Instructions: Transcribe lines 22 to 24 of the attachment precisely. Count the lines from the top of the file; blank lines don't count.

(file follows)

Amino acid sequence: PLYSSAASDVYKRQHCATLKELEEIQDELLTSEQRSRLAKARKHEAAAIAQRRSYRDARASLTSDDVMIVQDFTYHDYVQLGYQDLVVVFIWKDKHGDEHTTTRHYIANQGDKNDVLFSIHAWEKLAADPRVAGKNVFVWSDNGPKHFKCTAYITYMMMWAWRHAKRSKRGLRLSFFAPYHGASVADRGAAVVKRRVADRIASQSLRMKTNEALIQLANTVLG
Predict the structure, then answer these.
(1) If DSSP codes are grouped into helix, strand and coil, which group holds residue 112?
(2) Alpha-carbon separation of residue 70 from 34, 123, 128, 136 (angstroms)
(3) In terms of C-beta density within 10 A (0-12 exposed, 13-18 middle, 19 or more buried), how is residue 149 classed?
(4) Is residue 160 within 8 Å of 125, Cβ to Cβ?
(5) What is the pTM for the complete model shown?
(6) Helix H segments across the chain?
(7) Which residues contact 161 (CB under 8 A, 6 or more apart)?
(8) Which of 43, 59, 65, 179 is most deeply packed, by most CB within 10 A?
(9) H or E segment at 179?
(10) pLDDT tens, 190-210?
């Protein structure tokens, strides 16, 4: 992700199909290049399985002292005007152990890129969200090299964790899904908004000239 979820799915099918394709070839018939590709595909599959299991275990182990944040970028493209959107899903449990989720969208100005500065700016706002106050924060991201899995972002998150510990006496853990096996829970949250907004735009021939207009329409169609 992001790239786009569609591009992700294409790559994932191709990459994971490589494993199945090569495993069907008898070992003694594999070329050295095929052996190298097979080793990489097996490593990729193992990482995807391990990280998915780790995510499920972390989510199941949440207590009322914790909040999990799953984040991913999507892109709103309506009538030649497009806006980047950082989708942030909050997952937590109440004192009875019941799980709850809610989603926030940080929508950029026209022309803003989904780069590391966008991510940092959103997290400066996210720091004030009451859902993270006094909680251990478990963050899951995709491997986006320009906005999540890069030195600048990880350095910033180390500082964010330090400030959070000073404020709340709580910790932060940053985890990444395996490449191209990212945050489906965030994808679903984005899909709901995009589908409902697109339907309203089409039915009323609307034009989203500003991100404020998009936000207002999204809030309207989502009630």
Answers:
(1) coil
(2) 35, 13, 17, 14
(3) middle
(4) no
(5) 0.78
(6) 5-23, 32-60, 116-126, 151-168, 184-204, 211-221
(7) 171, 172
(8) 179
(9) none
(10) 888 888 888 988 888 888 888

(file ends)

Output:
(8) 179
(9) none
(10) 888 888 888 988 888 888 888